Metro-North is improving, but work remains

MTA Metro-North Railroad is making progress in improving its safety culture and service reliability, railroad President Joseph Giulietti told the Connecticut General Assembly’s Transportation Committee earlier this week.

Giulietti’s remarks to Connecticut lawmakers followed a series of high-profile accidents and service disruptions over the past two years. In a recent letter addressed to Metro-North customers, Giulietti outlined the reforms implemented and underway.

“Metro-North is committed to the goal of rebuilding the railroad’s organizational culture and its physical plant so that safety is the foundation of everything we do. Every decision and change that has been made since I became president last year has been made to advance safety,” said Giulietti’s message, which is posted on the railroad’s website.

Although the railroad has “accomplished a lot, we are fully aware that a lot of work remains to be done,” Giulietti wrote.

Among the organizational and workforce reforms, Metro-North has communicated to all its employees that operating safety — not on-time performance — is the railroad’s primary focus; implemented a confidential close-call reporting system; reorganized and enhanced training; and added new positions to the Maintenance of Way Department, including a vice president of engineering.

Reforms related to rebuilding track include the hiring of the Transportation Technology Center Inc. (TTCI) to assess Metro-North’s infrastructure and its maintenance procedures. Overall, TTCI identified 146 items to evaluate or implement; of these, 127 have been implemented or are in progress, Giulietti said.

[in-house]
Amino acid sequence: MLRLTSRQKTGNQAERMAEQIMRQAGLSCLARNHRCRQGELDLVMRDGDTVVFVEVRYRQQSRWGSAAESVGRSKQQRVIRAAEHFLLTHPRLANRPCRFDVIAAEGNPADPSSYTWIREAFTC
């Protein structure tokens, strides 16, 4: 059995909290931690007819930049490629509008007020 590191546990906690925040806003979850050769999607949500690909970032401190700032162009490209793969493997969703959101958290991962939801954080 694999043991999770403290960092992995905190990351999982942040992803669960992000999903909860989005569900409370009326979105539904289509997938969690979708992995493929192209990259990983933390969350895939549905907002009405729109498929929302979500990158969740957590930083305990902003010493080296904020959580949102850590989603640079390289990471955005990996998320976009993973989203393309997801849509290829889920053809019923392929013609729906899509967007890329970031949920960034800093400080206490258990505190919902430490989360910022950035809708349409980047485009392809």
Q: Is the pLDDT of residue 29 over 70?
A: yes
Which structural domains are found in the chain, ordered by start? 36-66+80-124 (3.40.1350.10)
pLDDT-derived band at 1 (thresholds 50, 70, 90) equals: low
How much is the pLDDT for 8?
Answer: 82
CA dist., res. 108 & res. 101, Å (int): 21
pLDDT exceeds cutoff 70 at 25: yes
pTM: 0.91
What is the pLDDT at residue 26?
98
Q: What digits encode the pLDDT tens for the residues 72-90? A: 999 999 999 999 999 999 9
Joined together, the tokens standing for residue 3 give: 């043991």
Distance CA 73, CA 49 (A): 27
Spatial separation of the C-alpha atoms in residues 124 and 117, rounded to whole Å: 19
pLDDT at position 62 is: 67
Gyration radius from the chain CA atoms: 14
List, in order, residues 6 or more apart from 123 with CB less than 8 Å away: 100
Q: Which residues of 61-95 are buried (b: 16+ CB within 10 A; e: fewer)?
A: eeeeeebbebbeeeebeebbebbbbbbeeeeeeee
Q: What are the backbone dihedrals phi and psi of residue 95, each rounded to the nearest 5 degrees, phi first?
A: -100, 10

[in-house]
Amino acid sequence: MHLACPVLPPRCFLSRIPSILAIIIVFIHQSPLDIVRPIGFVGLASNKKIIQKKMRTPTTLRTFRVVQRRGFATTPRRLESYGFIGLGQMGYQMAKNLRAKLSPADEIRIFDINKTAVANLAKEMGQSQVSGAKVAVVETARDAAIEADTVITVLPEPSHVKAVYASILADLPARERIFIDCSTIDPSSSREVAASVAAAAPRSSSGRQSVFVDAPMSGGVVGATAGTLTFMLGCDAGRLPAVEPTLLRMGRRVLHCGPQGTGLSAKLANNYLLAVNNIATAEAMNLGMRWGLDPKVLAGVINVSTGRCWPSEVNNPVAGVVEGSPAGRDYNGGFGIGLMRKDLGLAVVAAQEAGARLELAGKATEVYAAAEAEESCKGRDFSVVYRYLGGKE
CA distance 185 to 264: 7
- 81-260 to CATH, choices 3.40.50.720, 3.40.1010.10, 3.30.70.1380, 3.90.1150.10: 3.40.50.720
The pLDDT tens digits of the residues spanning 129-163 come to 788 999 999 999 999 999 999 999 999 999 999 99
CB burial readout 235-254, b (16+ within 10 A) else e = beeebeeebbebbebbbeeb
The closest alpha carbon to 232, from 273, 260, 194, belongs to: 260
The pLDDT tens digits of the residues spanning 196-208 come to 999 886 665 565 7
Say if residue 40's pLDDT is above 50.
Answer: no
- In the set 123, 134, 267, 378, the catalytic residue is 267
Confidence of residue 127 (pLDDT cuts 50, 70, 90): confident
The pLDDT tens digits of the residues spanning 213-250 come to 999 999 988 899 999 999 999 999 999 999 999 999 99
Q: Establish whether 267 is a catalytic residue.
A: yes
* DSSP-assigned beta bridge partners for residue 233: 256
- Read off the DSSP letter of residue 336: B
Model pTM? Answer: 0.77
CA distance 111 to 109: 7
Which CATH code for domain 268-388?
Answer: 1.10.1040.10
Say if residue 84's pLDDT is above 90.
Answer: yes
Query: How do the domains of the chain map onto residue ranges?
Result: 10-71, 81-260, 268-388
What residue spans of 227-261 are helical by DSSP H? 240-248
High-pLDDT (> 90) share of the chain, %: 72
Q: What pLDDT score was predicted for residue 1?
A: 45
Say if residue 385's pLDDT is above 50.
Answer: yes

Additionally, the railroad’s signal system has been modified to allow allow automatic speed control in 10 critical areas, and the railroad has implemented a pilot program to identify key employees such as train engineers with sleep apnea.

Future improvements in the works include the installation of video/audio recording devices in rail cars, autonomous track geometry measurement systems on rail cars, and positive train control. A PTC pilot program is set to begin on the New Haven and Hudson lines this year.

“Rest assured that these current and past reforms are just the start of a comprehensive effort to rebuild the railroad’s organizational culture and its physical plant so that safety IS the foundation of everything Metro-North does,” Giulietti’s letter concluded.

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